Ten-year-old August, who narrates most of this novel, tells us early on that he won't describe what he looks like, because whatever we're imagining, it's worse. He was born with facial abnormalities that literally make people scream and run away, despite the fact that he's undergone numerous surgeries since birth. He's been homeschooled his whole life, and now his mom thinks it's in his best interest to enter a good, private middle school in New York City for fifth grade. (His dad isn't so sure.) At first, as we might guess, Auggie wants nothing to do with it. After all, he spent most of his early childhood hiding inside a toy astronaut helmet. But then, in a believable fashion, he decides he will visit the school for a trial run, and he enrolls. Because one of the first things we learn about August is that, helmet or no, he has come to accept the face he has. He doesn't pity himself. He doesn't believe his entire existence is a tragedy, and I think the main component of the reader's initial attraction to him is respect.
August comes from a wonderful family: Mom, Dad, teenage sister. Yes, they have their problems. Yes, Mom and Dad don't always agree. But all of them love each other fiercely. It's the love and the upsets and the loyalty and the mistakes and the acceptance that make them wonderful. They are doing a first-class job of raising Auggie without having to be perfect; they, like Auggie himself, send the message that life is precious, livable, and purposeful, even when you have a problem this serious.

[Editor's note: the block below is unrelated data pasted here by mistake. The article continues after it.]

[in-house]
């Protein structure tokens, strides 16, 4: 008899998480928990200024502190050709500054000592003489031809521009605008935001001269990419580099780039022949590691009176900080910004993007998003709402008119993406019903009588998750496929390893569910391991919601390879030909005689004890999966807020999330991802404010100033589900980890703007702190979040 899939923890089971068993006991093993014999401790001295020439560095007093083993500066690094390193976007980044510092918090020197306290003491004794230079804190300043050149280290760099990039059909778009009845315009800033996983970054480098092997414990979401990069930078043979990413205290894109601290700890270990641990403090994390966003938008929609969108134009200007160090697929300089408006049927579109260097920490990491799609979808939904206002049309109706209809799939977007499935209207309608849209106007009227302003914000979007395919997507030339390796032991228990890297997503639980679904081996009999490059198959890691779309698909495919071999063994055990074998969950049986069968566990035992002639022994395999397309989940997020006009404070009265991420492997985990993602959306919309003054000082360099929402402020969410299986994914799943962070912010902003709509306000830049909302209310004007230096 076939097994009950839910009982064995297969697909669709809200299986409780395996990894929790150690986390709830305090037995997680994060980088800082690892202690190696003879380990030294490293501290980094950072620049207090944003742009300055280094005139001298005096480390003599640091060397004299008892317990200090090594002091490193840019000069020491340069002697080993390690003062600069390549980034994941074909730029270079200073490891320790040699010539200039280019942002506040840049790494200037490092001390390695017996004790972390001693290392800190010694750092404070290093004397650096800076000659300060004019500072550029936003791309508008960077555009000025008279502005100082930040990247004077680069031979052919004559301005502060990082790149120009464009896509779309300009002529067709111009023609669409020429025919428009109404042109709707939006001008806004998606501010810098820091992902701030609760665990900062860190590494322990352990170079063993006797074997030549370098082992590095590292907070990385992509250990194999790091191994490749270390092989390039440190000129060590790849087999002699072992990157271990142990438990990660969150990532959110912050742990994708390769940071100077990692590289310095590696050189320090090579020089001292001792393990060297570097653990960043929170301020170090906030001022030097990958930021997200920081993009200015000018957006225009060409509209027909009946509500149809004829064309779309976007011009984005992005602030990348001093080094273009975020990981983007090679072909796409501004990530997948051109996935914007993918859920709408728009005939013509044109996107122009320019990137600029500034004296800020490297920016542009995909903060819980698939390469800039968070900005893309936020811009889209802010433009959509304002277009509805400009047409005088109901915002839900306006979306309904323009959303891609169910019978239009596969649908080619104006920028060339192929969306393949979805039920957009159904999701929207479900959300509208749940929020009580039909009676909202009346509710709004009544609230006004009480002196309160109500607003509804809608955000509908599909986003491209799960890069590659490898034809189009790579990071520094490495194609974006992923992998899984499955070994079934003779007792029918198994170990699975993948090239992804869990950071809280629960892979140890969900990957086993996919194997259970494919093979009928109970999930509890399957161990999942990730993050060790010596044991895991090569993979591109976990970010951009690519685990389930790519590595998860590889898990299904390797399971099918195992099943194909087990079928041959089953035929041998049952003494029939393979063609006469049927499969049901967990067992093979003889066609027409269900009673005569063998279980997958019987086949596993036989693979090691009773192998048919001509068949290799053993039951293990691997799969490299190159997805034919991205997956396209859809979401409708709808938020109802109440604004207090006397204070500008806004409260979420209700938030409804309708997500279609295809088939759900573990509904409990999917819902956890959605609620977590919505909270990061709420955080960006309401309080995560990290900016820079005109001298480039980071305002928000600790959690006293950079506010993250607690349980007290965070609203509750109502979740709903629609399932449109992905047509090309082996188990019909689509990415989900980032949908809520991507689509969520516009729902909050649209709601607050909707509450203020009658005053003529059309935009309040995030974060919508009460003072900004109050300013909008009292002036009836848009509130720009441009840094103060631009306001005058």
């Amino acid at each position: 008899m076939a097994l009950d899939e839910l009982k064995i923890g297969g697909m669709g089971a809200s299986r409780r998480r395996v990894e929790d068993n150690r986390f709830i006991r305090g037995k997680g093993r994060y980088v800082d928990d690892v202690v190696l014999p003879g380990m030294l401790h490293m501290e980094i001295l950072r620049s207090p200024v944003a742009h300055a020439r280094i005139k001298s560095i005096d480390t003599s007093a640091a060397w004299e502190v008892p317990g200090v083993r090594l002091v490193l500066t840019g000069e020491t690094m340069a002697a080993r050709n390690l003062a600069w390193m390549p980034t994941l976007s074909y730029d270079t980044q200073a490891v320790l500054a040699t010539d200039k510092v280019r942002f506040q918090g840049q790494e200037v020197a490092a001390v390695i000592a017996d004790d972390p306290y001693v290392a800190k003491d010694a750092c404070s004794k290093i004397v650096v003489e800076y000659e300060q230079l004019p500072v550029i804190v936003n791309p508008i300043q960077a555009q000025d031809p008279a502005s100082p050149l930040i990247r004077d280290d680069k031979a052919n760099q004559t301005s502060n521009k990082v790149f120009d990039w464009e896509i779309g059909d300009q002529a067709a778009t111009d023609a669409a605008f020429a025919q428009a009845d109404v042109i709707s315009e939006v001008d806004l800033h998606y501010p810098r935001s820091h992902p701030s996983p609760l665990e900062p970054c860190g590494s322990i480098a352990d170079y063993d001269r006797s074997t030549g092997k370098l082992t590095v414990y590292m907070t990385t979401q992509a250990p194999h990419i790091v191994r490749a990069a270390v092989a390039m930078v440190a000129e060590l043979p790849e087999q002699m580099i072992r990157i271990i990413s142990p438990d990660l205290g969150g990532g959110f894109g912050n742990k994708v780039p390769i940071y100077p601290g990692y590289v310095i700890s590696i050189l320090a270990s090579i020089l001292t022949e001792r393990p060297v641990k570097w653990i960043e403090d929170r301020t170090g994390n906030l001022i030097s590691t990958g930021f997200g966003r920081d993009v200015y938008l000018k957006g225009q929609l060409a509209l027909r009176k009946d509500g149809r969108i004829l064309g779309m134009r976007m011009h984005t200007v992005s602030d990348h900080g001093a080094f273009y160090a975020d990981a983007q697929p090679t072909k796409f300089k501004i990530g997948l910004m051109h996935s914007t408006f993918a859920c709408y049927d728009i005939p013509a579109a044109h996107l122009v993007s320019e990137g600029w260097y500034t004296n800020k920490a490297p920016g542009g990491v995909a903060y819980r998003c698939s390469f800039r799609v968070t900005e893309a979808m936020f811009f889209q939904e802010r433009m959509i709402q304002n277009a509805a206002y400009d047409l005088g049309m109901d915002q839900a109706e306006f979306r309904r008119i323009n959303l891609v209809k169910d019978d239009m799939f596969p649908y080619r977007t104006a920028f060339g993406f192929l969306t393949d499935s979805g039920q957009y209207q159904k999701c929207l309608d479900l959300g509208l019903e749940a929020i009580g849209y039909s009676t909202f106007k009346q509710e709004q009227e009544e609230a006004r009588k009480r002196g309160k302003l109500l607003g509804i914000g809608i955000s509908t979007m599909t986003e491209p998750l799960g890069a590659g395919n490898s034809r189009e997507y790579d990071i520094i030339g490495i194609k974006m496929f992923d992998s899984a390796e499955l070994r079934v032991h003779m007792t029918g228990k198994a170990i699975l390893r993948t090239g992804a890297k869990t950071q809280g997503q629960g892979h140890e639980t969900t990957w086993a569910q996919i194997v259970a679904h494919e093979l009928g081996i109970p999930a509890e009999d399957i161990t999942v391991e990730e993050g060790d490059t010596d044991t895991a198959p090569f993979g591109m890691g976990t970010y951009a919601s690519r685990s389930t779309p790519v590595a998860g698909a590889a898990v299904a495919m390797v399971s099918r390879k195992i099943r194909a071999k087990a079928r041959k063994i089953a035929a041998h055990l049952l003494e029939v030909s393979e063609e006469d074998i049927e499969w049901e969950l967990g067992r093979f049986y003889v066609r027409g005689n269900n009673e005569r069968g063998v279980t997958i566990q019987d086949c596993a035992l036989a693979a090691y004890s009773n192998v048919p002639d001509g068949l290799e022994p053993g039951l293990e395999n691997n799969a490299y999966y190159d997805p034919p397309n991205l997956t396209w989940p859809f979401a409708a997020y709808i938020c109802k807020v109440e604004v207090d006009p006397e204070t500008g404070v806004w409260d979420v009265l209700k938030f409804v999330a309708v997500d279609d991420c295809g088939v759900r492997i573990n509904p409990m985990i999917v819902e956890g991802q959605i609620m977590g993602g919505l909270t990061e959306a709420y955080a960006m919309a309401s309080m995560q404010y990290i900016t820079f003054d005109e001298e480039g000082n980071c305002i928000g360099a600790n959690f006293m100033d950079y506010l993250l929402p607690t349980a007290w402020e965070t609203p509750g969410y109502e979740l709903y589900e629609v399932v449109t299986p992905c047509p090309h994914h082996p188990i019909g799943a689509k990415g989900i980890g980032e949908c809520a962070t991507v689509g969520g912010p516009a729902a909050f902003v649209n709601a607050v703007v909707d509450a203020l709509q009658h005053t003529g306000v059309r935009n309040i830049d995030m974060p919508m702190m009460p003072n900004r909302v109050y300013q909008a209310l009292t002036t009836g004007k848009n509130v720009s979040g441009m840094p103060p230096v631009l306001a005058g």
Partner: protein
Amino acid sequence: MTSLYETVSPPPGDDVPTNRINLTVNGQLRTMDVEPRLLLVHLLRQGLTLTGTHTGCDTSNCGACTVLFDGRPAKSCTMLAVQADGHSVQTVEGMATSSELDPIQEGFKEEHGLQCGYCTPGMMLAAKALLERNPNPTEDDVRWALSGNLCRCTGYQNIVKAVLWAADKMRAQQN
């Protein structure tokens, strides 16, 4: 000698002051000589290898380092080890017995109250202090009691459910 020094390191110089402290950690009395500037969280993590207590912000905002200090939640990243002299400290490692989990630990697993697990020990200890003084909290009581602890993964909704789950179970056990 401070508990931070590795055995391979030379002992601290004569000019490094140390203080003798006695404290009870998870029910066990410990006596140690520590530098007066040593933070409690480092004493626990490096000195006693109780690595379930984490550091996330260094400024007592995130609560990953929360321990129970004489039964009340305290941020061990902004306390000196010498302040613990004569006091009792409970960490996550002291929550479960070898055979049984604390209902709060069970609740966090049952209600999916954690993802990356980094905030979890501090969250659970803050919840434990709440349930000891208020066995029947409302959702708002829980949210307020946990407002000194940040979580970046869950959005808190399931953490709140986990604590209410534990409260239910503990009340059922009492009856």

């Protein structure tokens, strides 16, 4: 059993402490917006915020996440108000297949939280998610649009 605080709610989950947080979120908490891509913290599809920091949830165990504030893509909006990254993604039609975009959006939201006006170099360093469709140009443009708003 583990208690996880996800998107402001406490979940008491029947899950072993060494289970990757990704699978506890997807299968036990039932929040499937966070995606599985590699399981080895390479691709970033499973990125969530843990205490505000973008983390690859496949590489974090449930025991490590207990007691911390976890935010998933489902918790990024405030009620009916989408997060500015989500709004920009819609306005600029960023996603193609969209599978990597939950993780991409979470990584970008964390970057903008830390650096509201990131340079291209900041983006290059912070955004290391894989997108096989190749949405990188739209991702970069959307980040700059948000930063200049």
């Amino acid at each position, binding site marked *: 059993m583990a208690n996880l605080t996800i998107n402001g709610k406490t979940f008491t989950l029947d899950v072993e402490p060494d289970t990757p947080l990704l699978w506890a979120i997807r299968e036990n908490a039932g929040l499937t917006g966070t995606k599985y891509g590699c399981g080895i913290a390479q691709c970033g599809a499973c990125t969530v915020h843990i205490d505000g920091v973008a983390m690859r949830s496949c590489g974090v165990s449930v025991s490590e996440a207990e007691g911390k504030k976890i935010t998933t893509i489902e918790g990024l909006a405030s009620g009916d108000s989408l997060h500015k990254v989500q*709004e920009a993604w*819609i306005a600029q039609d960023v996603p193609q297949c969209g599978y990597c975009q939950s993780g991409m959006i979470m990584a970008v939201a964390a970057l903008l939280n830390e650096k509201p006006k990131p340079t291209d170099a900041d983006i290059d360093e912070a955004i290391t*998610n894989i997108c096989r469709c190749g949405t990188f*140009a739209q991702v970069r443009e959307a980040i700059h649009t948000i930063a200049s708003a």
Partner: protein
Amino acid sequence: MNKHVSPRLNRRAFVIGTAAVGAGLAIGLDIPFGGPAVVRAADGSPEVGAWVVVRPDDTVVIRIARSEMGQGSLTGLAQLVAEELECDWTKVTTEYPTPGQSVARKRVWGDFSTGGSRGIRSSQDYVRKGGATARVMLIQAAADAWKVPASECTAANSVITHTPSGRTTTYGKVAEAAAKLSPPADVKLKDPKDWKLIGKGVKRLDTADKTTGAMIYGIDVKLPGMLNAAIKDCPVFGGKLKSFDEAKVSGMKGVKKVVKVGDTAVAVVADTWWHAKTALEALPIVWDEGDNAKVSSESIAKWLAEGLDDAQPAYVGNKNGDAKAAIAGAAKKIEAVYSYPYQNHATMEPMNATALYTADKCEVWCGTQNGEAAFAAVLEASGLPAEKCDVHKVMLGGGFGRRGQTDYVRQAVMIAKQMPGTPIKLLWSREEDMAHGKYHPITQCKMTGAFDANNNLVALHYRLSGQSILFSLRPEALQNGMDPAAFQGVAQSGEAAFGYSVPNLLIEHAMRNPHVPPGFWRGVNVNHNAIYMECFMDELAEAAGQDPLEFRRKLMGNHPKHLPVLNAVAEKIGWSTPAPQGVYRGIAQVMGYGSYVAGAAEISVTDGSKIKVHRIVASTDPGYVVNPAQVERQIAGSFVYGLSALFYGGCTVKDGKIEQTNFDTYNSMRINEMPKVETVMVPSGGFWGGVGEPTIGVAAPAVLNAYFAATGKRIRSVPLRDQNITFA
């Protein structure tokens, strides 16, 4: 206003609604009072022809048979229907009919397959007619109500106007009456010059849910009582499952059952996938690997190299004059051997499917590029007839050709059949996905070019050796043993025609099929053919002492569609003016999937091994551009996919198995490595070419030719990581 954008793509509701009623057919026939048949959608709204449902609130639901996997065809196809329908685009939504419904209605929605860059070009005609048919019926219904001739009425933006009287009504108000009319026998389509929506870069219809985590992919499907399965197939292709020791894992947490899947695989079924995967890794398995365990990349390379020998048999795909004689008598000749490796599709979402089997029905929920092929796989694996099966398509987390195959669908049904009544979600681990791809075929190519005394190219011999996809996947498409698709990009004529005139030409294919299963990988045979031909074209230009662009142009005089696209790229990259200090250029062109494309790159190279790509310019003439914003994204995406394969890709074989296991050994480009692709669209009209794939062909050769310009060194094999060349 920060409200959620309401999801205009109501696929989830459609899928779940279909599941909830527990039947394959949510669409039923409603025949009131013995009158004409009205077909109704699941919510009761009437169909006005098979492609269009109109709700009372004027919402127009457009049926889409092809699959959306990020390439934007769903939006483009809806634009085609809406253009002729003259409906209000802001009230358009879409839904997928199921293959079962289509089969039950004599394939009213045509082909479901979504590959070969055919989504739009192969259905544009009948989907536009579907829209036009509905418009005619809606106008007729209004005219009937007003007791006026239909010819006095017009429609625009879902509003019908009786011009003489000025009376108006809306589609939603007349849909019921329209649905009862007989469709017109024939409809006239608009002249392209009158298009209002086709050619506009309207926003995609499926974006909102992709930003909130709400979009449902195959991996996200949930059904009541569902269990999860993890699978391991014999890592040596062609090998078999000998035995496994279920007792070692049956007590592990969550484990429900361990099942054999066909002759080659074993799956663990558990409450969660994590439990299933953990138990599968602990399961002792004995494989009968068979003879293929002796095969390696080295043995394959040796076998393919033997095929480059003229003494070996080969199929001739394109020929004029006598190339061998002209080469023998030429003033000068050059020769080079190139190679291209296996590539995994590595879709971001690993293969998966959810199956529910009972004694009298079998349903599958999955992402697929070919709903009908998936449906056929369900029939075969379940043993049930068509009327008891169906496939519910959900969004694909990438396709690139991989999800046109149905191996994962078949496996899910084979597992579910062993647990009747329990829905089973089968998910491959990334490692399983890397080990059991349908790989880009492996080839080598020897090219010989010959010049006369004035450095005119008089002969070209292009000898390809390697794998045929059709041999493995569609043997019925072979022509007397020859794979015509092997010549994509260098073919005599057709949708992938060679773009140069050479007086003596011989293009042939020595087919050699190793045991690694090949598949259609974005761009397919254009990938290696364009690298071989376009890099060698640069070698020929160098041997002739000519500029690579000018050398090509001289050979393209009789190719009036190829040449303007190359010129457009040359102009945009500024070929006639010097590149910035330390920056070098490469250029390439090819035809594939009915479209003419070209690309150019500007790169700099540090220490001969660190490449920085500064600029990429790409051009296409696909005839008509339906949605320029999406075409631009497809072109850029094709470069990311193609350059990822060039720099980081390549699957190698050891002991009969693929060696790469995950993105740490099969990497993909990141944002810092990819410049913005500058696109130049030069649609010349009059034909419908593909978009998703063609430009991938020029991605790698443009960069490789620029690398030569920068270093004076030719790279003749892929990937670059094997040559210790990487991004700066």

Yet, now August must figure out how to cope in the wider world. And yes, some of the kids he meets are as cruel as we'd expect. But many are not. Auggie makes friends because of the good person he is inside, while at the same time some reject him because they just can't cope with his deformities. And we get to hear from many of the people in Auggie's world in their own words, because Palacio uses eight narrators in all.
This story manages to be full of hope without being at all Pollyanna-ish. I'm reaching the point where I'm going to start gushing and burbling, because so far this is my favorite middle-grade novel of 2012. And from a writer's point of view, it's interesting to note that several of these narrators are teens, yet the book was apparently (thankfully!) not seen as unmarketable for that reason. It is still MG, and rightly so.
For me, this book raises the meaning of rooting for a main character to a whole new level. It's about how cruel we can be, how kind we can be, how triumphant we can be, and how powerful love is. You will be cheering at the end, and do make sure you have tissues handy! If you can read only one MG novel this year, you could hardly go wrong picking this one.